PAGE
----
Despite the disappointing election, House Democrats re-elected Mark Smith as minority leader in Des Moines on Saturday. His four assistant minority leaders will be Bruce Bearinger, Liz Bennett, Brian Meyer, and Helen Miller. I was surprised to see Meyer’s name on the list, because one of the worst-kept secrets in Iowa Democratic circles is that he and Smith don’t get along. (Meyer was not a ranking member on any House committee during the last legislature.) All power to those who can put past grievances aside. The caucus can’t afford to be divided during what will likely be a distressing two years at the statehouse.

Not mentioned in the press release I enclose below: Miller challenged Smith for the leadership position, according to sources close to the legislature. I don’t have details on the vote count. Miller and Smith were both elected for the first time in 2002, Bearinger in 2012, Meyer in a 2013 special election, and Bennett in 2014.

None of the assistant minority leaders during the last legislative session (Ako Abdul-Samad, Mary Gaskill, Sharon Steckman, and Todd Prichard) are on the incoming leadership team. Abdul-Samad and Gaskill have had some health issues this past year. I don’t know whether Steckman and Prichard wanted to continue serving as assistant minority leaders.

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At least seven people considering run for Iowa Democratic Party chair (updated)

For many election cycles, either Senator Tom Harkin or the Democratic governor of Iowa would choose the Iowa Democratic Party chair, and the State Central Committee would rubber-stamp that decision. But in January 2015, the state party had its first competitive leadership election since I’ve been following Iowa politics. Andy McGuire edged out Kurt Meyer on the third ballot, largely because of strong support from establishment figures.

Iowa Democrats were trounced up and down the ballot on Tuesday. In my lifetime, we’ve never been beaten so badly in a presidential year. When President Ronald Reagan beat Walter Mondale by nearly 100,000 votes here in 1984, Democrats held on to their majorities in both legislative chambers, and Harkin beat incumbent U.S. Senator Roger Jepsen. This week, the party lost six Senate seats, mostly by large margins, and lost ground in the state House.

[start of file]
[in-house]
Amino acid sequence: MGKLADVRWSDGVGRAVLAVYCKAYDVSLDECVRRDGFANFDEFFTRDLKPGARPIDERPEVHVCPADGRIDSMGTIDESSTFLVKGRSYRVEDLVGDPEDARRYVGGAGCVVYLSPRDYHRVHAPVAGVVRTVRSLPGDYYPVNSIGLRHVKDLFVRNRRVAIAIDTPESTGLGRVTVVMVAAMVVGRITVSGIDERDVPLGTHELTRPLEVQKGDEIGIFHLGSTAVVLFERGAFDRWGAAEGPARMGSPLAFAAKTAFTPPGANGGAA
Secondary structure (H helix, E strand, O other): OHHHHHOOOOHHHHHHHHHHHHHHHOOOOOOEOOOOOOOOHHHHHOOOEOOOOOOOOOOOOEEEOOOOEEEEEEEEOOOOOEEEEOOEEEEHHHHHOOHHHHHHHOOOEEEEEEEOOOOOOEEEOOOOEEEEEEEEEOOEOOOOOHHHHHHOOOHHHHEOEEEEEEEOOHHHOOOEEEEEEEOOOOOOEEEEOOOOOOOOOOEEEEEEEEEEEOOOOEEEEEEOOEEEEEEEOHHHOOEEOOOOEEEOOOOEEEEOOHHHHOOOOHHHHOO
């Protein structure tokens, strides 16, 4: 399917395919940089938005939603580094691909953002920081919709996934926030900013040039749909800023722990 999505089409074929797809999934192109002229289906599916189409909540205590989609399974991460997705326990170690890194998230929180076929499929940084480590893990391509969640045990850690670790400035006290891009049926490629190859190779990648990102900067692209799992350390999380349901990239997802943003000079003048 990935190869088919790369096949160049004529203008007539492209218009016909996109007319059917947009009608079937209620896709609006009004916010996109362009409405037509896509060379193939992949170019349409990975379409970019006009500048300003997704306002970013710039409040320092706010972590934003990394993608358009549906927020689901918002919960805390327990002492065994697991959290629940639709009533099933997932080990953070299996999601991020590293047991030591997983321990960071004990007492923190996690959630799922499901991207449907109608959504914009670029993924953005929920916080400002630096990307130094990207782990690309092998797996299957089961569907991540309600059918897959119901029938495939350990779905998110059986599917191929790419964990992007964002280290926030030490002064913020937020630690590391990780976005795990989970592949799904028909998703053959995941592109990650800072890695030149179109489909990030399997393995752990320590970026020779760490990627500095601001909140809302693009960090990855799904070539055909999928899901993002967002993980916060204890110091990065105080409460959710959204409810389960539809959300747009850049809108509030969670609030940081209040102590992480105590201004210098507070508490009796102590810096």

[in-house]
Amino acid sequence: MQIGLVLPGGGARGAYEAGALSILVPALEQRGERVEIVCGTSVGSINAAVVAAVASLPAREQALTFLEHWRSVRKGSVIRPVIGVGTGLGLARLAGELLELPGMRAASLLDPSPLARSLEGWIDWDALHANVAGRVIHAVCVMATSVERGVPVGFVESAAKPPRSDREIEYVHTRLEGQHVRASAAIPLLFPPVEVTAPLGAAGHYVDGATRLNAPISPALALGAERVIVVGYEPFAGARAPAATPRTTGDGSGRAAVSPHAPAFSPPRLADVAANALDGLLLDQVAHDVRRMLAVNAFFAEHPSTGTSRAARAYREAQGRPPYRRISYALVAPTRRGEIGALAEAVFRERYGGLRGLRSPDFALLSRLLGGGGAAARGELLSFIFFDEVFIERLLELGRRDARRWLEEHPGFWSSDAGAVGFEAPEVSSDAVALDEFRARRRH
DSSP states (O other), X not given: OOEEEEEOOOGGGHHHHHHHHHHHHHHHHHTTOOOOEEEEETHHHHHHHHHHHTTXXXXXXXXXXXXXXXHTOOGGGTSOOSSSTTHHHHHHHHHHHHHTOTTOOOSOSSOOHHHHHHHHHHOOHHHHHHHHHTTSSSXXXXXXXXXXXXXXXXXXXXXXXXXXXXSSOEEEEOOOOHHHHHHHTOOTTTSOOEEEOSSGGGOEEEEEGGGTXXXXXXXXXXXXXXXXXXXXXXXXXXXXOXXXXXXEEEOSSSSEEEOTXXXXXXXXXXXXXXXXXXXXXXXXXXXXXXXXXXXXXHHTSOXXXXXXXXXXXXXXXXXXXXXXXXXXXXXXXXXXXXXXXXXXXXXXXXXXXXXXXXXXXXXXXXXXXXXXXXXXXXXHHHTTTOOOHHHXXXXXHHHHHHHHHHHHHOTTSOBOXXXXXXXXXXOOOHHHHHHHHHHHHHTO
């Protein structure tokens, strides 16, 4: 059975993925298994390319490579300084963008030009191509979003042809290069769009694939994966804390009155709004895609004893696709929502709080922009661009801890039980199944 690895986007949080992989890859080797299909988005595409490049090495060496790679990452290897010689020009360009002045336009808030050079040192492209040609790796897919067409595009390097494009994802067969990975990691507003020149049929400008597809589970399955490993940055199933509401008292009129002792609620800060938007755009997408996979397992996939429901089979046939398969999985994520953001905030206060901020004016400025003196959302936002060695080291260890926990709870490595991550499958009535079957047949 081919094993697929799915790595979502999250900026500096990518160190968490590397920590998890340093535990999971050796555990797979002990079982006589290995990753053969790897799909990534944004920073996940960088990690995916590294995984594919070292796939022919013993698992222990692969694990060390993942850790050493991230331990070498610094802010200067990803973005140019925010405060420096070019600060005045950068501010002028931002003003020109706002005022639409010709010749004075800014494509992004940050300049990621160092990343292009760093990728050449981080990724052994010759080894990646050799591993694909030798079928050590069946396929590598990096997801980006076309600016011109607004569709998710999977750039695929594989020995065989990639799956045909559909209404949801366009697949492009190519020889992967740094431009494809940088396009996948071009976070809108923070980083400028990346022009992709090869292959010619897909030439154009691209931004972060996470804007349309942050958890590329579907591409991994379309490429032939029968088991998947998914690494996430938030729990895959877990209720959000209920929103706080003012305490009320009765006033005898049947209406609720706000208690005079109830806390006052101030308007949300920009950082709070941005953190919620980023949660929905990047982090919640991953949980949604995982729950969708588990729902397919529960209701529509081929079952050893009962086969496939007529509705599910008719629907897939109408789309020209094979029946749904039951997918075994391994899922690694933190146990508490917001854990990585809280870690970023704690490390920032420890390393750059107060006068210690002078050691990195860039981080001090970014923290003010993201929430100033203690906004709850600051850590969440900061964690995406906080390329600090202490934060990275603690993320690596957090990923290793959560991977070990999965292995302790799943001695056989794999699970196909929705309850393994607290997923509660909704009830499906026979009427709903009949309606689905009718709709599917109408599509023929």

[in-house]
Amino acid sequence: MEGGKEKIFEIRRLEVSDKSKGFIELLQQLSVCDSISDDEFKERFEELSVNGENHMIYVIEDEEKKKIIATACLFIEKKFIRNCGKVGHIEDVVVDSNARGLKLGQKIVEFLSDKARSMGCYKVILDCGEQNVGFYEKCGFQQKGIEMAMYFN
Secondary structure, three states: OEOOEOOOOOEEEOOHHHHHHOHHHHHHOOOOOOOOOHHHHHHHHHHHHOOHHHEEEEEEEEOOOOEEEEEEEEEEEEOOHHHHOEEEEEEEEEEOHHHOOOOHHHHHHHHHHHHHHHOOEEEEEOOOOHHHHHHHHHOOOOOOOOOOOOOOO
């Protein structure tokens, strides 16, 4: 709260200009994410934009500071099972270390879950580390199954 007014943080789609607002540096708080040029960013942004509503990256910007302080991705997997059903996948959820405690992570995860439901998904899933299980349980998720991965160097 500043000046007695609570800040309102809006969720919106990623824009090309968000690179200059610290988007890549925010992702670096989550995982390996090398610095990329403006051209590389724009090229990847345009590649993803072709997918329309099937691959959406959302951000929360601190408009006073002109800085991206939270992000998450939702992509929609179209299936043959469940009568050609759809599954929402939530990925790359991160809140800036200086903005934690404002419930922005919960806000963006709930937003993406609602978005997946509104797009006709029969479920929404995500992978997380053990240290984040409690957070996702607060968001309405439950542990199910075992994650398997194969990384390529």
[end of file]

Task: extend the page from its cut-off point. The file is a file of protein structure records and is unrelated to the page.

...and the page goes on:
State Central Committee members will choose a new party leader in December January. At least seven people are either running or seriously thinking about seeking the position. UPDATE: Added a few more names below.

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Steve King: Whites have contributed more to civilization than other "sub-groups"

Representative Steve King’s concerns about people of non-European origin damaging American civilization are not news to anyone who has followed the Iowa Republican’s career. In the last month alone, King has asserted that it is “racist” to add the image of Harriet Tubman to the $20 bill and that the United Kingdom vote to leave the European Union may help save western civilization. At the same time, King has no problem displaying a Confederate flag, under which people fought and died to preserve slavery and divide this country, on his office desk.

King takes the alleged superiority of white culture for granted, which might not raise eyebrows on the conservative radio and television programs where he is a frequent guest. But when King floated those views to MSNBC’s national viewing audience this afternoon, the reaction was as explosive as the wave of outrage and mockery regarding House Speaker Paul Ryan’s “so white” selfie with interns.